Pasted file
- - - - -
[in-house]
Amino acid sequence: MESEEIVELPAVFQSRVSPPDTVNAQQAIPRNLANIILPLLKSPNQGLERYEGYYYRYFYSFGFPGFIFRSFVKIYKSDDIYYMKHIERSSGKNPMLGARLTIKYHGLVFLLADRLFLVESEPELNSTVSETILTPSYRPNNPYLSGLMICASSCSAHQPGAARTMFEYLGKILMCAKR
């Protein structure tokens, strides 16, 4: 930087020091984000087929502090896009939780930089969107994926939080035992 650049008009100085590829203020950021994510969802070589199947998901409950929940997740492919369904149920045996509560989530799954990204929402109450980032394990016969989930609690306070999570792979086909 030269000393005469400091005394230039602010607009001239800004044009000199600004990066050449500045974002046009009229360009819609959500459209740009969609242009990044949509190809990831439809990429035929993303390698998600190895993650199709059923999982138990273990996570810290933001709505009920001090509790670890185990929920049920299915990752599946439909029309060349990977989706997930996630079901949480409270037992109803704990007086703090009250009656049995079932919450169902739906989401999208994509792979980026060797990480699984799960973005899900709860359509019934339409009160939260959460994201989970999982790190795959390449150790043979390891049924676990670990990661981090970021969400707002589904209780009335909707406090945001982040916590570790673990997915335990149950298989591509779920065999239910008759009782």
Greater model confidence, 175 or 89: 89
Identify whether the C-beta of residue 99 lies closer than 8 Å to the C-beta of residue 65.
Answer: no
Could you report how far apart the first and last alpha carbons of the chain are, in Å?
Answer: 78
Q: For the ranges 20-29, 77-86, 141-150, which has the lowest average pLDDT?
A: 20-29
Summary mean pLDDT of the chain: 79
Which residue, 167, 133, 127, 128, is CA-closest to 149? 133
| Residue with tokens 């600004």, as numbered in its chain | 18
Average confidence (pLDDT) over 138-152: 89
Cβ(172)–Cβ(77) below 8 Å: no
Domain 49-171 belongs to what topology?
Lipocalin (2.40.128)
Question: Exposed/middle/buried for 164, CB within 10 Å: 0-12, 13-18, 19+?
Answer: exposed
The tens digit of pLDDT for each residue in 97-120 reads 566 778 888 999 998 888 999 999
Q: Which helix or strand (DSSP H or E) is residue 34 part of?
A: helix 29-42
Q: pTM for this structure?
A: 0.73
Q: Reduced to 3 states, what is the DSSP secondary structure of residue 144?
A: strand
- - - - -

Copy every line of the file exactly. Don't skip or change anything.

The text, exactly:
[in-house]
Amino acid sequence: MESEEIVELPAVFQSRVSPPDTVNAQQAIPRNLANIILPLLKSPNQGLERYEGYYYRYFYSFGFPGFIFRSFVKIYKSDDIYYMKHIERSSGKNPMLGARLTIKYHGLVFLLADRLFLVESEPELNSTVSETILTPSYRPNNPYLSGLMICASSCSAHQPGAARTMFEYLGKILMCAKR
């Protein structure tokens, strides 16, 4: 930087020091984000087929502090896009939780930089969107994926939080035992 650049008009100085590829203020950021994510969802070589199947998901409950929940997740492919369904149920045996509560989530799954990204929402109450980032394990016969989930609690306070999570792979086909 030269000393005469400091005394230039602010607009001239800004044009000199600004990066050449500045974002046009009229360009819609959500459209740009969609242009990044949509190809990831439809990429035929993303390698998600190895993650199709059923999982138990273990996570810290933001709505009920001090509790670890185990929920049920299915990752599946439909029309060349990977989706997930996630079901949480409270037992109803704990007086703090009250009656049995079932919450169902739906989401999208994509792979980026060797990480699984799960973005899900709860359509019934339409009160939260959460994201989970999982790190795959390449150790043979390891049924676990670990990661981090970021969400707002589904209780009335909707406090945001982040916590570790673990997915335990149950298989591509779920065999239910008759009782």
Greater model confidence, 175 or 89: 89
Identify whether the C-beta of residue 99 lies closer than 8 Å to the C-beta of residue 65.
Answer: no
Could you report how far apart the first and last alpha carbons of the chain are, in Å?
Answer: 78
Q: For the ranges 20-29, 77-86, 141-150, which has the lowest average pLDDT?
A: 20-29
Summary mean pLDDT of the chain: 79
Which residue, 167, 133, 127, 128, is CA-closest to 149? 133
| Residue with tokens 């600004």, as numbered in its chain | 18
Average confidence (pLDDT) over 138-152: 89
Cβ(172)–Cβ(77) below 8 Å: no
Domain 49-171 belongs to what topology?
Lipocalin (2.40.128)
Question: Exposed/middle/buried for 164, CB within 10 Å: 0-12, 13-18, 19+?
Answer: exposed
The tens digit of pLDDT for each residue in 97-120 reads 566 778 888 999 998 888 999 999
Q: Which helix or strand (DSSP H or E) is residue 34 part of?
A: helix 29-42
Q: pTM for this structure?
A: 0.73
Q: Reduced to 3 states, what is the DSSP secondary structure of residue 144?
A: strand